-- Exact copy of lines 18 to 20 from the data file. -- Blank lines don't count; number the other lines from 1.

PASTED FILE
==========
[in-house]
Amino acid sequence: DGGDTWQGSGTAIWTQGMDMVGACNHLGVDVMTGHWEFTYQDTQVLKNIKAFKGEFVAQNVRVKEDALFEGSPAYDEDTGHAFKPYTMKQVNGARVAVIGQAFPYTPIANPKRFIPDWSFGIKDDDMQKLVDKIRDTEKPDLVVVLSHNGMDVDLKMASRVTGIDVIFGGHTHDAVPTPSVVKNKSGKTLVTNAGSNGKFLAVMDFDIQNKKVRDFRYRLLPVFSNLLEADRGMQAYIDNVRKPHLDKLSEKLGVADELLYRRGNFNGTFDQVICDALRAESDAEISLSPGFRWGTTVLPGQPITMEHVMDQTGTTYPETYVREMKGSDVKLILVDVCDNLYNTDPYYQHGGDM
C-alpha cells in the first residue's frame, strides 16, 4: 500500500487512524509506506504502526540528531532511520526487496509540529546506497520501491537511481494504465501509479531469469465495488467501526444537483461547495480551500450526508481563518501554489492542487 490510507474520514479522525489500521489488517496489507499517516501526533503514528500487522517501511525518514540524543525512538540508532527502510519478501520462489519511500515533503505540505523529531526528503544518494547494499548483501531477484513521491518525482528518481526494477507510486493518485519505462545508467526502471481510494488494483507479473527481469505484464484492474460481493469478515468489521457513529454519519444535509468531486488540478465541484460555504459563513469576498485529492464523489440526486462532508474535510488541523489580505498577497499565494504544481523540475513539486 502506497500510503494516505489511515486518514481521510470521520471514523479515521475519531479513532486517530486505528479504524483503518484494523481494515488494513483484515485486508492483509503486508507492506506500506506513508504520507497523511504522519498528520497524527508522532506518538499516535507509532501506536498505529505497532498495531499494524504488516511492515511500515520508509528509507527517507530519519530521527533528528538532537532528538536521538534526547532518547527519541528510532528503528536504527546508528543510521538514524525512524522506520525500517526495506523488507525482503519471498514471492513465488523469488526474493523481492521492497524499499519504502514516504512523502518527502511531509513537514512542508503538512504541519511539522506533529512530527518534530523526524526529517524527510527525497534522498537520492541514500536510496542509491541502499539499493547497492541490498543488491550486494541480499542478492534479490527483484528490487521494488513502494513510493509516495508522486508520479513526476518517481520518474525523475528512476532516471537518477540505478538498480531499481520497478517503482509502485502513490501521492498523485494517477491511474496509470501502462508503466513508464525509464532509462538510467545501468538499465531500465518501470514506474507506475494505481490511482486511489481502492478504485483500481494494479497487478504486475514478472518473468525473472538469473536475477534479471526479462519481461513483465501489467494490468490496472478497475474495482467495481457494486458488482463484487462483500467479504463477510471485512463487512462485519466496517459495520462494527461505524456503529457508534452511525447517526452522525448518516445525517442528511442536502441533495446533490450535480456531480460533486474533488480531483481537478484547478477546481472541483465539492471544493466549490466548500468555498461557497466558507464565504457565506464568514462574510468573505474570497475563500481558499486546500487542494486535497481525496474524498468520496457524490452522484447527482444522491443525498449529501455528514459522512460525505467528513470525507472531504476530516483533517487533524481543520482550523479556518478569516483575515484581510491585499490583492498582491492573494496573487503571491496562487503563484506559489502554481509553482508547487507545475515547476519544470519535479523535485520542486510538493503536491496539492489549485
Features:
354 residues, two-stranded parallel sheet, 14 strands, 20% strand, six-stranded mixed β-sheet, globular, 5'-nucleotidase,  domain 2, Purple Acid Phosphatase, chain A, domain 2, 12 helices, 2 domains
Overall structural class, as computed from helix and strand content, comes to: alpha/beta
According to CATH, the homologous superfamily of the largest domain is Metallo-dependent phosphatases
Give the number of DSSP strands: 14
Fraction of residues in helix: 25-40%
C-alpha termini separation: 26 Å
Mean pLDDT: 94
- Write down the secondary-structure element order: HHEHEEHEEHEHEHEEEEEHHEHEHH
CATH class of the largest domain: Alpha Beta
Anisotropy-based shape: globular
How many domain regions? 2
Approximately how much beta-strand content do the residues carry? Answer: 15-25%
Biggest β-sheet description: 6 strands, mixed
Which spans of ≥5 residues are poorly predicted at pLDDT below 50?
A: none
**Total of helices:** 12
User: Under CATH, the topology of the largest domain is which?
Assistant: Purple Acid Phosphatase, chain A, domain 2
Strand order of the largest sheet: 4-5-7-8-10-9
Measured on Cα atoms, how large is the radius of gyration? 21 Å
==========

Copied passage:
Which spans of ≥5 residues are poorly predicted at pLDDT below 50?
A: none
**Total of helices:** 12